The Virgin Mary’s body “sleeps” as Jesus cradles her still-awake soul, in this anonymous 19th-century fresco from the 400-year-old Church of Debre Berhan Selassie in Gondar, Ethiopia.
The Dormition—literally, “falling asleep”—of Mary is an event recognized by both the Eastern Orthodox and Roman Catholic churches but is not related in the Bible. It appears instead in a late-fifth-century apocryphal text, the Transitus Mariae, or Book of the Death of the Holiest of Virgins, the Mother of God, which was based on earlier legends circulating among Christians in Ethiopia and the Near East.
In the Transitus Mariae, supposedly narrated by the evangelist John, after the crucifixion Mary prays daily to be reunited with her son in heaven, until finally the archangel Gabriel appears and tells her that her wish will soon be granted: “From this time, according to your request, you, having left the world, shall go to the heavenly places to your Son, into the true and everlasting life.”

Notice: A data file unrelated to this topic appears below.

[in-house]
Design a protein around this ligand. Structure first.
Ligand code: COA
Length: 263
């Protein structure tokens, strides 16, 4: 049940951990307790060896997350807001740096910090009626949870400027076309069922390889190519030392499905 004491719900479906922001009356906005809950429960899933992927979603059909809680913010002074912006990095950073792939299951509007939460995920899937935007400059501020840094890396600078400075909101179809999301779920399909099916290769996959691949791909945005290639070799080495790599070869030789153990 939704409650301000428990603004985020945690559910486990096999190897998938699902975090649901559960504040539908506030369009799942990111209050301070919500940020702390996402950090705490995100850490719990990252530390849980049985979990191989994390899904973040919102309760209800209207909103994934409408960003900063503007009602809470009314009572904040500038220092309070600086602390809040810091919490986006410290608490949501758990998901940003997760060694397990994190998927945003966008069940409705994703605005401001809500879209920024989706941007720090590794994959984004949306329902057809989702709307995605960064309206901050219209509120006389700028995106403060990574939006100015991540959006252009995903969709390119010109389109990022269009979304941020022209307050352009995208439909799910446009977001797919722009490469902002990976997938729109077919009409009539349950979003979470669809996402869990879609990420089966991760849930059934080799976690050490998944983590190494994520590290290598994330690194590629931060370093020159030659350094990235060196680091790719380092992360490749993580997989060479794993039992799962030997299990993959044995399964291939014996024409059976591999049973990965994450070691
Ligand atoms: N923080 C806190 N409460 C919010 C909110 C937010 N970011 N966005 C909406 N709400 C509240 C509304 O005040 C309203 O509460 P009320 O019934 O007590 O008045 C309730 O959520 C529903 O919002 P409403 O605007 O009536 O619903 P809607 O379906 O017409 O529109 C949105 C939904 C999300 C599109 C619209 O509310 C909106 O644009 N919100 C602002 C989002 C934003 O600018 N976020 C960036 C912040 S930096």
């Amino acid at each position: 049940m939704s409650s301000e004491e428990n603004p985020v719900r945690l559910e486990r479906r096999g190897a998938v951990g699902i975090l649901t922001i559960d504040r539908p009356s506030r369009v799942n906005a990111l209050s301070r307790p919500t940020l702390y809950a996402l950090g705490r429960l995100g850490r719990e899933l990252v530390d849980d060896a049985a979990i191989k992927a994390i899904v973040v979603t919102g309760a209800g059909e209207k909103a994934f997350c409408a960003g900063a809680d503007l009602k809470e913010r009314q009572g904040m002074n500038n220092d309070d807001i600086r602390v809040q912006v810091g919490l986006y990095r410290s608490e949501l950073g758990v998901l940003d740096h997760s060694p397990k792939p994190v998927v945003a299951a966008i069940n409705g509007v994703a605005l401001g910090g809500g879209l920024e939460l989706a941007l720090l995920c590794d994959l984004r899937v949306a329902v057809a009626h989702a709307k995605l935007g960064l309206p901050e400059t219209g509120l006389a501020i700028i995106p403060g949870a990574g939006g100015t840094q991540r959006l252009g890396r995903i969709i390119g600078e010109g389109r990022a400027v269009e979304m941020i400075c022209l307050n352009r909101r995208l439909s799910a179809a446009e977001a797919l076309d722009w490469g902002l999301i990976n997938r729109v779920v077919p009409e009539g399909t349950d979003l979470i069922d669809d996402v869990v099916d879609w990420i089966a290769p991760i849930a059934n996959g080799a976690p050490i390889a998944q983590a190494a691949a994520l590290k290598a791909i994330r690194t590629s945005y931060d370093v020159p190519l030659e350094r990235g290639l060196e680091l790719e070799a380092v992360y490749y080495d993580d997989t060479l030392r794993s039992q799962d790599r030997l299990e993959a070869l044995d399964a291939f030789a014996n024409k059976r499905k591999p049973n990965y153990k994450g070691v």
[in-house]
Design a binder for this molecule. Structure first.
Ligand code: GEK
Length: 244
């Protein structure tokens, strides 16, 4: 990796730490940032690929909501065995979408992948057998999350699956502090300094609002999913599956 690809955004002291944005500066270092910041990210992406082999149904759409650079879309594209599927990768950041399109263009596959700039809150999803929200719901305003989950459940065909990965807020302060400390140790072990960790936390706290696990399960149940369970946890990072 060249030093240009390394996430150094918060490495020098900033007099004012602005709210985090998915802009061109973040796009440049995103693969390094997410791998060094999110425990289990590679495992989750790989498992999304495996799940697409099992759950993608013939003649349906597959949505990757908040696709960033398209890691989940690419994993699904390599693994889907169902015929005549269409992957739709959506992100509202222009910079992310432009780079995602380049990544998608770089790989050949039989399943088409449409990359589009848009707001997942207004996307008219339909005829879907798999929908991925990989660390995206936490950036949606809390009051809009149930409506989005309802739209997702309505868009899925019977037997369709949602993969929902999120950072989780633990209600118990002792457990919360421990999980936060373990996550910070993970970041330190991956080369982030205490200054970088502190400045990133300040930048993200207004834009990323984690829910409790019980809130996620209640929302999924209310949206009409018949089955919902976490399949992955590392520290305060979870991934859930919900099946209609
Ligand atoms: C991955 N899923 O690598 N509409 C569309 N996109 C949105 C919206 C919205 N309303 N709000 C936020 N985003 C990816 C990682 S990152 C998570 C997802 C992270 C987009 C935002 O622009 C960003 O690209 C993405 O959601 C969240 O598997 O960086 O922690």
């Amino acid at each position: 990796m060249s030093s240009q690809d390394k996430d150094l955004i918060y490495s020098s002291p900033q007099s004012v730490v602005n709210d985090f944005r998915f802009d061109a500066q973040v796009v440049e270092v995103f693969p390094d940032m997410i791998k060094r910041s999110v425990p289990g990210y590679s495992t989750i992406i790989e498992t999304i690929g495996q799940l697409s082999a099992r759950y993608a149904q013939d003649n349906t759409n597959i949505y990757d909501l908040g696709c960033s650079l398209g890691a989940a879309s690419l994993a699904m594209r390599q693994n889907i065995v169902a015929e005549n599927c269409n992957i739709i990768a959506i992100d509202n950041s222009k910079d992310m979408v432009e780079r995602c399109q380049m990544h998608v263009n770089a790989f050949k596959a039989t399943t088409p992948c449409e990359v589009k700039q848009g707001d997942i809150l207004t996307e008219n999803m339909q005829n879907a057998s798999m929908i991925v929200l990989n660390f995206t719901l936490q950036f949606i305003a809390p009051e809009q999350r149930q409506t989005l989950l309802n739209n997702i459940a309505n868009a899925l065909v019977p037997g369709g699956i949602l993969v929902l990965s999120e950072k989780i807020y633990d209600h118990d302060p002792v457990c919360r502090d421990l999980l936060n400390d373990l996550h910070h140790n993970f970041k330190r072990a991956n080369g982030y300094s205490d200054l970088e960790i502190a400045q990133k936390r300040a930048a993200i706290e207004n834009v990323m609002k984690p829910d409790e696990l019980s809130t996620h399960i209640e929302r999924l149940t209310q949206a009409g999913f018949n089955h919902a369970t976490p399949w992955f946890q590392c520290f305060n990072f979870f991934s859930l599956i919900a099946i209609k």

Mary joyously returns to Bethlehem to prepare for her death. The apostles, having been scattered as missionaries to the ends of the earth, now are taken up in a great whirlwind and brought to her side in Bethlehem. Instead of dying, however, Mary painlessly falls asleep and Jesus descends, accompanied by angels, to take her animula, or soul, up to heaven.
The Dormition of the Virgin was a popular subject in both Western and Byzantine art. The two figures at far right in this Ethiopian fresco are probably Sts. Peter (with beard) and John. At upper left is an angel.